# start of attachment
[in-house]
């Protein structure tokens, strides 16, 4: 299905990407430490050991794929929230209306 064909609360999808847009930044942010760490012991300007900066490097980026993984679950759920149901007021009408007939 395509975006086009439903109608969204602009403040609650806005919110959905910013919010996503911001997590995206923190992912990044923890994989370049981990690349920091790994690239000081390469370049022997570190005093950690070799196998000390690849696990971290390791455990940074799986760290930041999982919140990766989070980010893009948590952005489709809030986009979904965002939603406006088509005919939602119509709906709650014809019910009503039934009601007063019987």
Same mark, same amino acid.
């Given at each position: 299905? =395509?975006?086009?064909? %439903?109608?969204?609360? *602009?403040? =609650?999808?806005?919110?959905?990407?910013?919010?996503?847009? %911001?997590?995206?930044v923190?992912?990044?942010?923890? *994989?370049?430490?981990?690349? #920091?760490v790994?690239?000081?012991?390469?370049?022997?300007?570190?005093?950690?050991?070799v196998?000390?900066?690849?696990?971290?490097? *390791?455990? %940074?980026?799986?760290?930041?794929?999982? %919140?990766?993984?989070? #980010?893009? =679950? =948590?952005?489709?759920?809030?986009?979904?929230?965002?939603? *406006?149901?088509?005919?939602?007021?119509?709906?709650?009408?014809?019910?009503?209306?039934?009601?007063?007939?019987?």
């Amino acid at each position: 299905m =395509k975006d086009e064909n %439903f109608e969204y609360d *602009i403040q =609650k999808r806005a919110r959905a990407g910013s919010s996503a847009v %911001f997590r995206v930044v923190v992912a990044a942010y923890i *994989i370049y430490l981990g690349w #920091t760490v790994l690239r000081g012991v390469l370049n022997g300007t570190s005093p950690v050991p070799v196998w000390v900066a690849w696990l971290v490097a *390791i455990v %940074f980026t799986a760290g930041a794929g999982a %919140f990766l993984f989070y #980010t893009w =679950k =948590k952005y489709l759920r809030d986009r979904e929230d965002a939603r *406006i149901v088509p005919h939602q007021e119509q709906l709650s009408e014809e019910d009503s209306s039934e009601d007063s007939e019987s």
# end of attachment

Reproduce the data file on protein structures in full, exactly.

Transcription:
[in-house]
């Protein structure tokens, strides 16, 4: 299905990407430490050991794929929230209306 064909609360999808847009930044942010760490012991300007900066490097980026993984679950759920149901007021009408007939 395509975006086009439903109608969204602009403040609650806005919110959905910013919010996503911001997590995206923190992912990044923890994989370049981990690349920091790994690239000081390469370049022997570190005093950690070799196998000390690849696990971290390791455990940074799986760290930041999982919140990766989070980010893009948590952005489709809030986009979904965002939603406006088509005919939602119509709906709650014809019910009503039934009601007063019987």
Same mark, same amino acid.
């Given at each position: 299905? =395509?975006?086009?064909? %439903?109608?969204?609360? *602009?403040? =609650?999808?806005?919110?959905?990407?910013?919010?996503?847009? %911001?997590?995206?930044v923190?992912?990044?942010?923890? *994989?370049?430490?981990?690349? #920091?760490v790994?690239?000081?012991?390469?370049?022997?300007?570190?005093?950690?050991?070799v196998?000390?900066?690849?696990?971290?490097? *390791?455990? %940074?980026?799986?760290?930041?794929?999982? %919140?990766?993984?989070? #980010?893009? =679950? =948590?952005?489709?759920?809030?986009?979904?929230?965002?939603? *406006?149901?088509?005919?939602?007021?119509?709906?709650?009408?014809?019910?009503?209306?039934?009601?007063?007939?019987?």
């Amino acid at each position: 299905m =395509k975006d086009e064909n %439903f109608e969204y609360d *602009i403040q =609650k999808r806005a919110r959905a990407g910013s919010s996503a847009v %911001f997590r995206v930044v923190v992912a990044a942010y923890i *994989i370049y430490l981990g690349w #920091t760490v790994l690239r000081g012991v390469l370049n022997g300007t570190s005093p950690v050991p070799v196998w000390v900066a690849w696990l971290v490097a *390791i455990v %940074f980026t799986a760290g930041a794929g999982a %919140f990766l993984f989070y #980010t893009w =679950k =948590k952005y489709l759920r809030d986009r979904e929230d965002a939603r *406006i149901v088509p005919h939602q007021e119509q709906l709650s009408e014809e019910d009503s209306s039934e009601d007063s007939e019987s």